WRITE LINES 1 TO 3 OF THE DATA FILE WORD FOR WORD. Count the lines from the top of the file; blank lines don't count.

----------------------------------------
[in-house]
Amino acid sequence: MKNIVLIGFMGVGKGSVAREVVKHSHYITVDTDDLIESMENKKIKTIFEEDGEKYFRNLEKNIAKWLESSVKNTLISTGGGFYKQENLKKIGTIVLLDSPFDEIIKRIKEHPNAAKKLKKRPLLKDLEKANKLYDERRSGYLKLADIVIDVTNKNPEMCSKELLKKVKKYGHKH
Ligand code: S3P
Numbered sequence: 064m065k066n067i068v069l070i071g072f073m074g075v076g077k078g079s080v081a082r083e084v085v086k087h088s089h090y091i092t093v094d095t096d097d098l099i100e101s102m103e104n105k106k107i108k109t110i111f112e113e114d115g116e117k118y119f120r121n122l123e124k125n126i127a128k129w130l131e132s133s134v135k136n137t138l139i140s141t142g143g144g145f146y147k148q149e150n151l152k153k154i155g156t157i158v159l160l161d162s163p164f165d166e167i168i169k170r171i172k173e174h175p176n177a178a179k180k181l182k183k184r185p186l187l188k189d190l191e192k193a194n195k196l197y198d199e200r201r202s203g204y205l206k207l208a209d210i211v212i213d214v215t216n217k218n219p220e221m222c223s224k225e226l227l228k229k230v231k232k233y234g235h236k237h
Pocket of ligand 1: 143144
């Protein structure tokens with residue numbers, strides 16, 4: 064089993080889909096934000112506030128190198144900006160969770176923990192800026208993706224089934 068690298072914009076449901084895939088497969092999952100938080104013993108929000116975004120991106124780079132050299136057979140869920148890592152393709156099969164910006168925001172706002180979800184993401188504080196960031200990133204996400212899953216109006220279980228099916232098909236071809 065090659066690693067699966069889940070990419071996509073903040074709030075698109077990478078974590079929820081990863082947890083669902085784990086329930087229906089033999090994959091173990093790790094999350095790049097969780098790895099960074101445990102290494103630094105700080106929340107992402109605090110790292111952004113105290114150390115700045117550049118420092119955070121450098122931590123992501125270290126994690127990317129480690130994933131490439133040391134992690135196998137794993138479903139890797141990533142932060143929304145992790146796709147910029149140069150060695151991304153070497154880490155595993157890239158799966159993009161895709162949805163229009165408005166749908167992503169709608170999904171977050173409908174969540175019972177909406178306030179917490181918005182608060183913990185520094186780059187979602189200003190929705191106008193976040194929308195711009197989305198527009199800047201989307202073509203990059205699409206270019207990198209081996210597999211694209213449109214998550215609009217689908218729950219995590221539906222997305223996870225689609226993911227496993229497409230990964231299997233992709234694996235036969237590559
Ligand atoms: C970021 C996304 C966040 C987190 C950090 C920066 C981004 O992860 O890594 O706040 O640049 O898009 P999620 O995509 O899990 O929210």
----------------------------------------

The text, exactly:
[in-house]
Amino acid sequence: MKNIVLIGFMGVGKGSVAREVVKHSHYITVDTDDLIESMENKKIKTIFEEDGEKYFRNLEKNIAKWLESSVKNTLISTGGGFYKQENLKKIGTIVLLDSPFDEIIKRIKEHPNAAKKLKKRPLLKDLEKANKLYDERRSGYLKLADIVIDVTNKNPEMCSKELLKKVKKYGHKH
Ligand code: S3P